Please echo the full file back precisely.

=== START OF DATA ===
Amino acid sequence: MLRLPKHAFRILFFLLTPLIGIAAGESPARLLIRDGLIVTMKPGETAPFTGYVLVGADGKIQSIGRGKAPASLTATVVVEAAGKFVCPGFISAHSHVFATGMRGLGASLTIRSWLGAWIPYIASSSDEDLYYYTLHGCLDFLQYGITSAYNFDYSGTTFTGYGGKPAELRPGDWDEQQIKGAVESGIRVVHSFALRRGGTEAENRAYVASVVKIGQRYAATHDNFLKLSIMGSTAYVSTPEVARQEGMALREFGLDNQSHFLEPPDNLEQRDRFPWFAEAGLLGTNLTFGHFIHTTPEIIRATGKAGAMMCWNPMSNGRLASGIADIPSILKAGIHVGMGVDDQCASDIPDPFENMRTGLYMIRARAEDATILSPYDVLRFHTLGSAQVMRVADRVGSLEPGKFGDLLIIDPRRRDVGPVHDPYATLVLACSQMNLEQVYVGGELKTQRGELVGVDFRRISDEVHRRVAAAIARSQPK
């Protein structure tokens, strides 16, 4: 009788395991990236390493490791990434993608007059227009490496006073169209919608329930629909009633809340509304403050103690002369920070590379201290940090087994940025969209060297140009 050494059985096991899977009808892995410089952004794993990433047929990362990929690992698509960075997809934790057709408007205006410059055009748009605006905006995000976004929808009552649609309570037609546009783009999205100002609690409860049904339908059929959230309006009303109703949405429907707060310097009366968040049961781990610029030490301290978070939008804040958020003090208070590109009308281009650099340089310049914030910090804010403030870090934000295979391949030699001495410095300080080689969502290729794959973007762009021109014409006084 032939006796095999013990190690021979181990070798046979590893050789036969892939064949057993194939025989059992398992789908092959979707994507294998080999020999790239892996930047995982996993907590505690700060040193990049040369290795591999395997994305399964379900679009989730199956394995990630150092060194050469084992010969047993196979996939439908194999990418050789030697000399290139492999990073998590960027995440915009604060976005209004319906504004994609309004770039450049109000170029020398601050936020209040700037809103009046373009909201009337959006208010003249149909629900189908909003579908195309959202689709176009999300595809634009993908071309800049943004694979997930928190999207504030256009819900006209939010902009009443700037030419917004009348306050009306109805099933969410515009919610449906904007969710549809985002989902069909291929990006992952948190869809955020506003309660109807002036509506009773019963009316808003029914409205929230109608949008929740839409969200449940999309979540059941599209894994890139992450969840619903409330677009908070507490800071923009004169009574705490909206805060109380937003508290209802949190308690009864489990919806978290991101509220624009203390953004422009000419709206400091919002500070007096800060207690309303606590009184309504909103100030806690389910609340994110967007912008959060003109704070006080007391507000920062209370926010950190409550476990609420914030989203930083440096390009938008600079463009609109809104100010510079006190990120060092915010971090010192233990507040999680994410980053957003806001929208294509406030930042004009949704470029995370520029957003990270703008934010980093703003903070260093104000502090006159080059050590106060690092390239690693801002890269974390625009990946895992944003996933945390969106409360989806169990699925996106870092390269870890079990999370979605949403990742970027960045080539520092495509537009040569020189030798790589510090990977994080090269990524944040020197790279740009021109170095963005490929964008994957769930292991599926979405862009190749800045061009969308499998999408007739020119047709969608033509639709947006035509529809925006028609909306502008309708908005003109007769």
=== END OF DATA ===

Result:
Amino acid sequence: MLRLPKHAFRILFFLLTPLIGIAAGESPARLLIRDGLIVTMKPGETAPFTGYVLVGADGKIQSIGRGKAPASLTATVVVEAAGKFVCPGFISAHSHVFATGMRGLGASLTIRSWLGAWIPYIASSSDEDLYYYTLHGCLDFLQYGITSAYNFDYSGTTFTGYGGKPAELRPGDWDEQQIKGAVESGIRVVHSFALRRGGTEAENRAYVASVVKIGQRYAATHDNFLKLSIMGSTAYVSTPEVARQEGMALREFGLDNQSHFLEPPDNLEQRDRFPWFAEAGLLGTNLTFGHFIHTTPEIIRATGKAGAMMCWNPMSNGRLASGIADIPSILKAGIHVGMGVDDQCASDIPDPFENMRTGLYMIRARAEDATILSPYDVLRFHTLGSAQVMRVADRVGSLEPGKFGDLLIIDPRRRDVGPVHDPYATLVLACSQMNLEQVYVGGELKTQRGELVGVDFRRISDEVHRRVAAAIARSQPK
């Protein structure tokens, strides 16, 4: 009788395991990236390493490791990434993608007059227009490496006073169209919608329930629909009633809340509304403050103690002369920070590379201290940090087994940025969209060297140009 050494059985096991899977009808892995410089952004794993990433047929990362990929690992698509960075997809934790057709408007205006410059055009748009605006905006995000976004929808009552649609309570037609546009783009999205100002609690409860049904339908059929959230309006009303109703949405429907707060310097009366968040049961781990610029030490301290978070939008804040958020003090208070590109009308281009650099340089310049914030910090804010403030870090934000295979391949030699001495410095300080080689969502290729794959973007762009021109014409006084 032939006796095999013990190690021979181990070798046979590893050789036969892939064949057993194939025989059992398992789908092959979707994507294998080999020999790239892996930047995982996993907590505690700060040193990049040369290795591999395997994305399964379900679009989730199956394995990630150092060194050469084992010969047993196979996939439908194999990418050789030697000399290139492999990073998590960027995440915009604060976005209004319906504004994609309004770039450049109000170029020398601050936020209040700037809103009046373009909201009337959006208010003249149909629900189908909003579908195309959202689709176009999300595809634009993908071309800049943004694979997930928190999207504030256009819900006209939010902009009443700037030419917004009348306050009306109805099933969410515009919610449906904007969710549809985002989902069909291929990006992952948190869809955020506003309660109807002036509506009773019963009316808003029914409205929230109608949008929740839409969200449940999309979540059941599209894994890139992450969840619903409330677009908070507490800071923009004169009574705490909206805060109380937003508290209802949190308690009864489990919806978290991101509220624009203390953004422009000419709206400091919002500070007096800060207690309303606590009184309504909103100030806690389910609340994110967007912008959060003109704070006080007391507000920062209370926010950190409550476990609420914030989203930083440096390009938008600079463009609109809104100010510079006190990120060092915010971090010192233990507040999680994410980053957003806001929208294509406030930042004009949704470029995370520029957003990270703008934010980093703003903070260093104000502090006159080059050590106060690092390239690693801002890269974390625009990946895992944003996933945390969106409360989806169990699925996106870092390269870890079990999370979605949403990742970027960045080539520092495509537009040569020189030798790589510090990977994080090269990524944040020197790279740009021109170095963005490929964008994957769930292991599926979405862009190749800045061009969308499998999408007739020119047709969608033509639709947006035509529809925006028609909306502008309708908005003109007769």